Crisanta Duran posed a trivia challenge to her Facebook and Twitter followers in late April.
What do Barack Obama, Beto O’Rourke and Alexandria Ocasio-Cortez have in common, she asked.
“A: They all challenged a Dem incumbent in a primary,” Duran wrote, and then added: “New energy in positions of power is healthy for our democracy. I'm running for Congress because I believe it is time for a change.”
All three of the Democratic luminaries she named — Obama, O’Rourke and Ocasio-Cortez — at one point tried to send members of Congress packing, and two of them succeeded.
The message was clear: There’s nothing unprecedented or outlandish about what Duran wants to do.
The Denver Democrat, who wielded the gavel as speaker in the Colorado House of Representatives before term limits forced her retirement in January, wants voters to keep in mind the three brash stars of the modern Democratic Party when they consider her bid to unseat 12-term U.S. Rep. Diana DeGette in Denver's 1st Congressional District.
After laying the groundwork for months to run for the U.S. Senate seat held by Republican Cory Gardner, Duran set political heads spinning when she announced in February she was instead mounting a primary challenge against DeGette, who has held the Denver-based seat since 1996.
Duran is hardly alone.
Since the turn of the century, members of Congress seeking re-election in Colorado have faced primary challengers 10 times. If Duran makes next June’s ballot, she’ll be the 11th.
It’s been nearly 50 years, however, since a primary challenger has toppled a congressional incumbent in Colorado. It happened twice in rapid succession — during a chaotic period of political upheaval and realignment that bears some resemblance to our era — though in neither case did the giant-slayer go on to Congress.
Times change — the recent flurry of primary challenges to Colorado congressional incumbents came after a decades-long stretch without any — and political lightning can strike.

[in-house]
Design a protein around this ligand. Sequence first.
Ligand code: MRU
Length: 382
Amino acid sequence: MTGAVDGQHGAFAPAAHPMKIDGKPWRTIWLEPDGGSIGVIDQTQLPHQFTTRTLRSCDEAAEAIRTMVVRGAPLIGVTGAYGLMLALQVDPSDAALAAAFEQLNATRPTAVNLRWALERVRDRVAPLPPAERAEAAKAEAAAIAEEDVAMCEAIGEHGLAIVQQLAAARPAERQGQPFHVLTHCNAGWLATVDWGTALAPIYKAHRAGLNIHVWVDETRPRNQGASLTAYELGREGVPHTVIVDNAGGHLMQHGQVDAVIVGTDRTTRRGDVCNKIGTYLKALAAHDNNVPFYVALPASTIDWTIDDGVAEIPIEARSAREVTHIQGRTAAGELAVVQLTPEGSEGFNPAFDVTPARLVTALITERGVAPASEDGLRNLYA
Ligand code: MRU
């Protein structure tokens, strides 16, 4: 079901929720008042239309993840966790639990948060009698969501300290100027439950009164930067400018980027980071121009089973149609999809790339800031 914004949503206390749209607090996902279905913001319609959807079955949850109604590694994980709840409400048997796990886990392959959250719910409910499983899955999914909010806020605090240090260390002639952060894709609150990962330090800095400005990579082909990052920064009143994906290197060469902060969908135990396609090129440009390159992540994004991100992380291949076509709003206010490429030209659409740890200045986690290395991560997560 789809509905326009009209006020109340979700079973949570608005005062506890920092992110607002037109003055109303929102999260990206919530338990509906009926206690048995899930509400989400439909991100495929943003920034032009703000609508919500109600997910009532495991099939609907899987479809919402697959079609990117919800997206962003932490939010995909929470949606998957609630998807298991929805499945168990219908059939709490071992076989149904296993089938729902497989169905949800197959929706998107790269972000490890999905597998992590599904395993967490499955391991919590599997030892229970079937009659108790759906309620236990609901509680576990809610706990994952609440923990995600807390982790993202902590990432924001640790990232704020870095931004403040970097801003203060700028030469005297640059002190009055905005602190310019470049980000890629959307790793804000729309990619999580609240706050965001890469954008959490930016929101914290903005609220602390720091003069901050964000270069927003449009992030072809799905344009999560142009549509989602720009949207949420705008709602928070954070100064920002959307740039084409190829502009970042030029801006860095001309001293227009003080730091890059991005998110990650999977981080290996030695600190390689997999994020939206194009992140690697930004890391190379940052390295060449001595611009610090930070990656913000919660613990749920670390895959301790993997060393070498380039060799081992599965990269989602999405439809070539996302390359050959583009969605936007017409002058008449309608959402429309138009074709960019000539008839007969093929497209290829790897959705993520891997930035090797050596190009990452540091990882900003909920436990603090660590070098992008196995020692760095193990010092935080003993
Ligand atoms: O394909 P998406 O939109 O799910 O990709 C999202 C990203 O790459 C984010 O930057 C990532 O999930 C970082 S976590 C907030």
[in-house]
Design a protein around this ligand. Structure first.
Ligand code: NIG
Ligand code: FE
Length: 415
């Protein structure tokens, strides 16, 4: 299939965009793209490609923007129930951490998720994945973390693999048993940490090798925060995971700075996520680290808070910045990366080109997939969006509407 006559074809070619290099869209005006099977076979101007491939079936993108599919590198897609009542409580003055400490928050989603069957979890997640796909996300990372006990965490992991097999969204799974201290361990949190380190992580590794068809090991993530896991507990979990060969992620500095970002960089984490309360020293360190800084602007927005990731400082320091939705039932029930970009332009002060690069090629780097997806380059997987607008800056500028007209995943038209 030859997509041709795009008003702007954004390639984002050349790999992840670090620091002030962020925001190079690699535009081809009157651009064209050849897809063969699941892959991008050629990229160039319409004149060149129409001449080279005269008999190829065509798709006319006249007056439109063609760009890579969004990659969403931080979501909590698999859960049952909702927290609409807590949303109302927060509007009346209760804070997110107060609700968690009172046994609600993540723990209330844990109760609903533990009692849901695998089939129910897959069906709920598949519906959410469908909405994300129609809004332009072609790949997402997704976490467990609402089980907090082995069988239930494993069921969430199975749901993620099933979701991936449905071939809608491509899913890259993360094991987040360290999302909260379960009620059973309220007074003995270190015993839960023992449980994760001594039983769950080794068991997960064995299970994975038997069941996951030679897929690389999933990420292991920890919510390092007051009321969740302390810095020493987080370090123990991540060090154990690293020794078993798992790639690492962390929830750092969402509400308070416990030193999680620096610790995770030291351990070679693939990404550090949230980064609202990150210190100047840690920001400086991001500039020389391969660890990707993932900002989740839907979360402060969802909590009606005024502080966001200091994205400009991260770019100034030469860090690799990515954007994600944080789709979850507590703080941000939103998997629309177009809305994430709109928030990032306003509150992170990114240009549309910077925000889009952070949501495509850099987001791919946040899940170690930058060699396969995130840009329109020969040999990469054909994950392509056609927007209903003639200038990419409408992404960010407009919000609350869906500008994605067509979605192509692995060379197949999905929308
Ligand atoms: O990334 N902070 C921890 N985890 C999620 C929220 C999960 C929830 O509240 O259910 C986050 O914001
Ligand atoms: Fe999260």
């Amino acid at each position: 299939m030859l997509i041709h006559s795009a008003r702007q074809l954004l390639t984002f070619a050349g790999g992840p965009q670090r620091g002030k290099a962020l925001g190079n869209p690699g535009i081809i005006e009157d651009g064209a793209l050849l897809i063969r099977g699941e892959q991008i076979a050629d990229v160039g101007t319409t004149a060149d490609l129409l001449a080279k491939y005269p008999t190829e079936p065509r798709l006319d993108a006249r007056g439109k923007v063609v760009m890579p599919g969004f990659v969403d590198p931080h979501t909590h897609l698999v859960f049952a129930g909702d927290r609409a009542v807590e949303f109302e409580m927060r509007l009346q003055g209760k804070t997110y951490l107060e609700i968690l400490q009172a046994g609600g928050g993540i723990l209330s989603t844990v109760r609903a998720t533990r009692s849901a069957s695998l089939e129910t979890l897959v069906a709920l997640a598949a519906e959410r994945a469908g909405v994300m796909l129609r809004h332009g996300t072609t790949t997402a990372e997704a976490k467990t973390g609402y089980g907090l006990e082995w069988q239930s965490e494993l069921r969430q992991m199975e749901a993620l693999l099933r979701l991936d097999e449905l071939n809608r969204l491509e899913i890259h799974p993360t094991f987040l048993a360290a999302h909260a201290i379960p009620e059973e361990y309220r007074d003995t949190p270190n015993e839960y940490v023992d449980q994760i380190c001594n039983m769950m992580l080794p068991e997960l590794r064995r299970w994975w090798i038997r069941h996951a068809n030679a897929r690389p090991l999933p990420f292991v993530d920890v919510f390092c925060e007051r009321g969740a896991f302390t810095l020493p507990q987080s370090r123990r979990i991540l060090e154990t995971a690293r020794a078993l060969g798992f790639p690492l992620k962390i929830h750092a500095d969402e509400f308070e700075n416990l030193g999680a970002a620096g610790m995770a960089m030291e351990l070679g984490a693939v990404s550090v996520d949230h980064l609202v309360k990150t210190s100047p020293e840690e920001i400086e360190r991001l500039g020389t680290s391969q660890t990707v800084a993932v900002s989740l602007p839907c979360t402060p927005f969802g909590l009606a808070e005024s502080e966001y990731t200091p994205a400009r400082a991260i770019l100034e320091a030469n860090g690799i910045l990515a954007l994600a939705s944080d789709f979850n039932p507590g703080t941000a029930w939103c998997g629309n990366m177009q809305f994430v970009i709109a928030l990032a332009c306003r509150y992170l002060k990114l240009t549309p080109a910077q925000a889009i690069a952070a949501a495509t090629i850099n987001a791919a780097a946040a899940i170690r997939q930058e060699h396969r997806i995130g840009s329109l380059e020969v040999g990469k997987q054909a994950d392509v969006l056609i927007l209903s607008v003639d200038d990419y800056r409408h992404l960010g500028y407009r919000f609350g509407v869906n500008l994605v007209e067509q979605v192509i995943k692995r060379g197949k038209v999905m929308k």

But if history is any guide, Duran’s attempt to primary her way to a congressional seat isn’t just rare in Colorado. It hasn’t happened even once in living memory.
First, though, let’s take a look at the iconic challengers Duran invoked in her trivia question.
Obama failed spectacularly when he tried to unseat U.S. Rep. Bobby Rush on Chicago’s South Side in 2000, losing 2-to-1, but it turned out the young law professor had a future. Just four years later, he won a seat in the U.S. Senate and was elected to the first of his two terms as president four years after that.
O’Rourke had better luck, at least at first. Six years after turning out an eight-term incumbent in an El Paso, Texas-based congressional district, he came up short in last year’s bid to defeat Republican U.S. Sen. Ted Cruz, even while keeping it close and winning a reputation as an innovative and charismatic campaigner.
On the heels of that loss, after an introspective drive around the Southwest, O’Rourke joined the Democrats’ 2020 presidential primary and has been jumping up on countertops ever since.
Ocasio-Cortez — or AOC, as she’s nearly universally known — rocked the House last year when the bartender in her 20s upset 10-term U.S. Rep. Joe Crowley, the House Democratic caucus chair, in a heavily Democratic district based in the Bronx.
In the few short months since she’s taken office, the social media-savvy AOC has captivated audiences left and right, from Democrats thrilled by her aggressive push on progressive issues like the Green New Deal to Republicans more than happy to make the self-described Democratic Socialist the face of the opposition.
That’s some heady company.
Duran is the fourth Democrat to take on DeGette, following last year’s challenger Saira Rao, Charles Norris in 2016 and Ramona Martinez in 2002.
DeGette, the senior member of the state’s delegation, isn’t the only congressional Coloradan who’s fended off primary challengers on the way to re-election in recent years.